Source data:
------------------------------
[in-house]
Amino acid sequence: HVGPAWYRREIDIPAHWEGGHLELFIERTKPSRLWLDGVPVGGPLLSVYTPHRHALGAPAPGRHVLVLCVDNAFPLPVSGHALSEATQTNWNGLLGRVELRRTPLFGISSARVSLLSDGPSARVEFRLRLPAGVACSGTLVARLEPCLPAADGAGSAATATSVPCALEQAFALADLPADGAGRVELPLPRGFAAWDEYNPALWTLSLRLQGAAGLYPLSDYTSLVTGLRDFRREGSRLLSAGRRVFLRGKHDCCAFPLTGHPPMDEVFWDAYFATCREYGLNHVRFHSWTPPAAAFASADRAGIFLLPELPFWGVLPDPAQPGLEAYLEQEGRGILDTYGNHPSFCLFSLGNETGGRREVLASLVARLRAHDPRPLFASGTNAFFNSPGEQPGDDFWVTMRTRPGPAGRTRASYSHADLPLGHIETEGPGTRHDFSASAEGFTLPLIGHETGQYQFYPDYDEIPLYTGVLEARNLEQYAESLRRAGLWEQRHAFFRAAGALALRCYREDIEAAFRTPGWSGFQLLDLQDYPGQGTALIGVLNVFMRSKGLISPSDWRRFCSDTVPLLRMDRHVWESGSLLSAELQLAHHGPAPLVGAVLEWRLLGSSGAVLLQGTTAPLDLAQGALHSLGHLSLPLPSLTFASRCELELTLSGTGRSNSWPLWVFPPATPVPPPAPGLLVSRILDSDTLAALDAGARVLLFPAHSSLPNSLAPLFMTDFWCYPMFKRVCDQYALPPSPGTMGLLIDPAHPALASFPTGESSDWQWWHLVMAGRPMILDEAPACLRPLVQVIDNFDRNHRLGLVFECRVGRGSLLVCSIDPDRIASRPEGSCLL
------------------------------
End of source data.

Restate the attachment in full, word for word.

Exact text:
[in-house]
Amino acid sequence: HVGPAWYRREIDIPAHWEGGHLELFIERTKPSRLWLDGVPVGGPLLSVYTPHRHALGAPAPGRHVLVLCVDNAFPLPVSGHALSEATQTNWNGLLGRVELRRTPLFGISSARVSLLSDGPSARVEFRLRLPAGVACSGTLVARLEPCLPAADGAGSAATATSVPCALEQAFALADLPADGAGRVELPLPRGFAAWDEYNPALWTLSLRLQGAAGLYPLSDYTSLVTGLRDFRREGSRLLSAGRRVFLRGKHDCCAFPLTGHPPMDEVFWDAYFATCREYGLNHVRFHSWTPPAAAFASADRAGIFLLPELPFWGVLPDPAQPGLEAYLEQEGRGILDTYGNHPSFCLFSLGNETGGRREVLASLVARLRAHDPRPLFASGTNAFFNSPGEQPGDDFWVTMRTRPGPAGRTRASYSHADLPLGHIETEGPGTRHDFSASAEGFTLPLIGHETGQYQFYPDYDEIPLYTGVLEARNLEQYAESLRRAGLWEQRHAFFRAAGALALRCYREDIEAAFRTPGWSGFQLLDLQDYPGQGTALIGVLNVFMRSKGLISPSDWRRFCSDTVPLLRMDRHVWESGSLLSAELQLAHHGPAPLVGAVLEWRLLGSSGAVLLQGTTAPLDLAQGALHSLGHLSLPLPSLTFASRCELELTLSGTGRSNSWPLWVFPPATPVPPPAPGLLVSRILDSDTLAALDAGARVLLFPAHSSLPNSLAPLFMTDFWCYPMFKRVCDQYALPPSPGTMGLLIDPAHPALASFPTGESSDWQWWHLVMAGRPMILDEAPACLRPLVQVIDNFDRNHRLGLVFECRVGRGSLLVCSIDPDRIASRPEGSCLL